The players have been warned that the NHL's latest offer contains some serious shortcomings. (Mary Altaffer/AP)
By Stu Hackel
UPDATE: Thursday's collective bargaining session in Toronto has ended with NHL Commissioner Gary Bettman expressing disappointment at the lack of progress. The NHLPA reportedly offered three alternate proposals, none of which were deemed acceptable. A new post on today's talks will be up a bit later this afternoon.
The first response from the NHLPA to Tuesday's new offer by the NHL has been made public and anyone who believed that what the league has proposed -- which you can read here -- would lead directly to riotous cheers from the players and a quick deal is bound to be disappointed.
After a meeting by the union's negotiating committee during which the proposal's details were evaluated, NHLPA executive director Don Fehr sent a letter to membership and agents outlining the problems. Bob McKenzie of TSN got a copy and you can read it here.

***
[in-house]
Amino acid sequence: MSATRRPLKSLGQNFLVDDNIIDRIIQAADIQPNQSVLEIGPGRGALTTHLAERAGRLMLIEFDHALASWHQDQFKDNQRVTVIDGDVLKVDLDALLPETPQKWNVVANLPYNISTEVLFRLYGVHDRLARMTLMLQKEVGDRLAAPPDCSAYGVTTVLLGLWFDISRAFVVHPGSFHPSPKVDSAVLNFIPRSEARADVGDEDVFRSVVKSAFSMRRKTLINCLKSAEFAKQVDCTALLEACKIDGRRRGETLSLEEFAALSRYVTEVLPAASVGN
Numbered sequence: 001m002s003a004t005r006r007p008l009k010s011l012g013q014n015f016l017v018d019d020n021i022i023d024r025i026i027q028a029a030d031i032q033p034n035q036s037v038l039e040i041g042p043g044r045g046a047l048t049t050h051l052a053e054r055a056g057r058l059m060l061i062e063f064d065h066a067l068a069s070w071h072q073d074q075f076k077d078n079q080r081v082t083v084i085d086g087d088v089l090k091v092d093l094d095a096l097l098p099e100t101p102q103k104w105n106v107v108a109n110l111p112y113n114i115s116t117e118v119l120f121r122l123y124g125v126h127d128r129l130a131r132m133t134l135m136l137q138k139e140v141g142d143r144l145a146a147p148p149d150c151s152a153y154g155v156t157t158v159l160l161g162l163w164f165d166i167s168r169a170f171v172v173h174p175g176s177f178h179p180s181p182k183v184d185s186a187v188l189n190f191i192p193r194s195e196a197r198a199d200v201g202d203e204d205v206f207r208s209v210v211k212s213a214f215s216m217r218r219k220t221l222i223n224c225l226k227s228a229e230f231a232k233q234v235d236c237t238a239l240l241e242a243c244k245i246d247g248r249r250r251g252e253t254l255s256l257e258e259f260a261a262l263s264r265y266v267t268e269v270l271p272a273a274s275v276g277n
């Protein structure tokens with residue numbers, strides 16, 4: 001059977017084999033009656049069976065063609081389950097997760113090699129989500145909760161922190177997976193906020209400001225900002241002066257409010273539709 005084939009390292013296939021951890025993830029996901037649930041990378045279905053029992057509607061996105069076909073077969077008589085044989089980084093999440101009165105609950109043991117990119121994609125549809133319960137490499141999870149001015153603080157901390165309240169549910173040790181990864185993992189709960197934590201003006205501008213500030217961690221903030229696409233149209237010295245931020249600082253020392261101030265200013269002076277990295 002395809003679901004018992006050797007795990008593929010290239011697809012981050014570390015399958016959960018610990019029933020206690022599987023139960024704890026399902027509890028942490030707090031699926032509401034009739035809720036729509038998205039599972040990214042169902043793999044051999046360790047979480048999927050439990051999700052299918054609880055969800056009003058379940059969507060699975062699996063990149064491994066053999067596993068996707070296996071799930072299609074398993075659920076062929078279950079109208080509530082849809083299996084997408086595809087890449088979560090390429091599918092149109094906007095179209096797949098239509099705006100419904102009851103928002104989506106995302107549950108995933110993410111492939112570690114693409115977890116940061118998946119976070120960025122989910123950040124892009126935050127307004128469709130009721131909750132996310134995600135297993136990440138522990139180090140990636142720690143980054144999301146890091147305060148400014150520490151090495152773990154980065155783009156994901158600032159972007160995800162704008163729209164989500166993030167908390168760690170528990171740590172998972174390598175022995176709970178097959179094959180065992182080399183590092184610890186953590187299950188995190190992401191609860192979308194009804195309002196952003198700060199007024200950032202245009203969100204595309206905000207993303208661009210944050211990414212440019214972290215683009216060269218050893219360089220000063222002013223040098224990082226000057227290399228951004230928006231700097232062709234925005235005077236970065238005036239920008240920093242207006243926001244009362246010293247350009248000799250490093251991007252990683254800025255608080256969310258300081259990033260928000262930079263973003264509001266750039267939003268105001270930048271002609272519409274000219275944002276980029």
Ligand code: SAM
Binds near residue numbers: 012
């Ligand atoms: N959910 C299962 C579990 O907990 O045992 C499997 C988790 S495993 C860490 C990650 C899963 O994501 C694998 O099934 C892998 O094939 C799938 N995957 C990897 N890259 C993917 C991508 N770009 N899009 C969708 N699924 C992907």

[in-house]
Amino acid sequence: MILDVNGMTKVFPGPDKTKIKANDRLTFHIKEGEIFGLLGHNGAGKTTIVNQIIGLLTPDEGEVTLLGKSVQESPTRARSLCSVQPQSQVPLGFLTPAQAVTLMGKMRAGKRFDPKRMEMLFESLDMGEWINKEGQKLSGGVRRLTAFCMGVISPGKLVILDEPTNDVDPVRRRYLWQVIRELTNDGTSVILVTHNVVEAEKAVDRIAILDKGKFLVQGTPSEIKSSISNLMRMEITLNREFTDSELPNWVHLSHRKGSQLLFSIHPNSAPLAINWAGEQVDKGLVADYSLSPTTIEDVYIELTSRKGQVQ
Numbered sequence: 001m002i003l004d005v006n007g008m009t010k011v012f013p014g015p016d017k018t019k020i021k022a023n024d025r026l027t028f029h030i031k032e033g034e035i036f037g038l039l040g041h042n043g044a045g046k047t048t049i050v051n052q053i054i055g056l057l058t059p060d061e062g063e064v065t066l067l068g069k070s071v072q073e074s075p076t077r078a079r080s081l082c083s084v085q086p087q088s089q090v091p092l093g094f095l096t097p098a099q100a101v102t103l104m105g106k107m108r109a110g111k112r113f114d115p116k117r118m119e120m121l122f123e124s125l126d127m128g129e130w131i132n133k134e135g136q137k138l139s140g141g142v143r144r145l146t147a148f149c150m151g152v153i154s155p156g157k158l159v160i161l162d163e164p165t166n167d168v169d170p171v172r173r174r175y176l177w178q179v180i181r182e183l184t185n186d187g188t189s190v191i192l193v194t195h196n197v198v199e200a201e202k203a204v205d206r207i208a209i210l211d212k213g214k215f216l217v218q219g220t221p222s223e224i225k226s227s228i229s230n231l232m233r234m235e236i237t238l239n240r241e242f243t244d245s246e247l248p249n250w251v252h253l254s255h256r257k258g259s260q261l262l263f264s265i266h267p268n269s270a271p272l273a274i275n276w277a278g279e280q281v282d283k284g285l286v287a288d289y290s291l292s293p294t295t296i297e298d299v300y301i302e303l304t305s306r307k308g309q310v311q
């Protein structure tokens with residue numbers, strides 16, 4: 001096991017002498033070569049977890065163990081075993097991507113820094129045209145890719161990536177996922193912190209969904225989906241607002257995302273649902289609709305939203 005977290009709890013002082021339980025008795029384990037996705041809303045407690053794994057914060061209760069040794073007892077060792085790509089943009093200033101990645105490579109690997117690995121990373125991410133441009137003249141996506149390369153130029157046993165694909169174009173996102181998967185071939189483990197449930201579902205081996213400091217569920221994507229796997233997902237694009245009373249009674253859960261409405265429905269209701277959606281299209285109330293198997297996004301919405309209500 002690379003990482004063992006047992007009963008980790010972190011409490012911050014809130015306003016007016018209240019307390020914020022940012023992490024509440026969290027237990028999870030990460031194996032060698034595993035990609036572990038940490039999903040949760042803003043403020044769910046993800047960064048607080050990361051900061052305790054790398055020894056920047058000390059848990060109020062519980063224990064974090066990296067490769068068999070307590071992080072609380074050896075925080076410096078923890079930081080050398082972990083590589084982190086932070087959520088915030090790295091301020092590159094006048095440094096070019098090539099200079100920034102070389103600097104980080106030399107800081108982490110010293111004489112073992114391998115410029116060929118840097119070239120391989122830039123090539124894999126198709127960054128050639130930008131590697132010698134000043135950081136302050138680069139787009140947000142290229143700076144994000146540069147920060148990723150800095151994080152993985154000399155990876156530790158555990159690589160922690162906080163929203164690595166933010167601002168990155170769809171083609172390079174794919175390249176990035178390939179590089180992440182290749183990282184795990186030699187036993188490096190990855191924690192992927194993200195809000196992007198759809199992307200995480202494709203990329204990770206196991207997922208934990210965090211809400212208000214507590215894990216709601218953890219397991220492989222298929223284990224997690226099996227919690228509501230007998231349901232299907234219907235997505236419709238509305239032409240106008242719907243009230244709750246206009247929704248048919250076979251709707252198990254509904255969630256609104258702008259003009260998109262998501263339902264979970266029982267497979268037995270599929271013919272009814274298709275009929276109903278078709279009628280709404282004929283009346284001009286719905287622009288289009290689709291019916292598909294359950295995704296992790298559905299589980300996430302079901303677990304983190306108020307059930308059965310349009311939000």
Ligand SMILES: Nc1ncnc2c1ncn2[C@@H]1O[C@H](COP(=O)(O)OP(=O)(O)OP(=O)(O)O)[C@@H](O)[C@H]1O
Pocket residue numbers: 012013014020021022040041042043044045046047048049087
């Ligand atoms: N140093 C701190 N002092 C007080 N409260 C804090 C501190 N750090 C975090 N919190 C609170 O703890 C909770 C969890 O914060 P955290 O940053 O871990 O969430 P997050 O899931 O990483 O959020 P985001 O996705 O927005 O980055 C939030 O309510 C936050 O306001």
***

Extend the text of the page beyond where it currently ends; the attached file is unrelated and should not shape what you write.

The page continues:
The two sides will reconvene talks on Thursday afternoon in Toronto. A number of observers are calling this a critical make-it-or-break-it session which may determine whether we have a season or not, but that may be an overstatement, unless what is meant is a full 82 game season. A shortened season remains a possibility. No one on the owners' side has said what is on the table is a final offer and, in fact, some have reported the NHLPA will make a counter proposal today.
One of the first points the PA made in their letter on the offer they got on Tuesday is that the owners want to "clarify" Hockey Related Revenue, and that all discussions of the topic so far indicate that the league aims to exclude more streams from the entire pool. That means there would be less money in HRR to be divided and, if that's the case, a 50-50 split, which sounds nice, would actually result in lower salaries. We've said all along that HRR was going to be a major issue in the CBA talks. and we've written about how the term "50-50 split" can be very appealing but very misleading. Apparently, the NHLPA still finds these matters problematic.
Among the other points the union made in its letter:
-- The owners proposal cuts salaries by 12.3 percent, or about $231 million.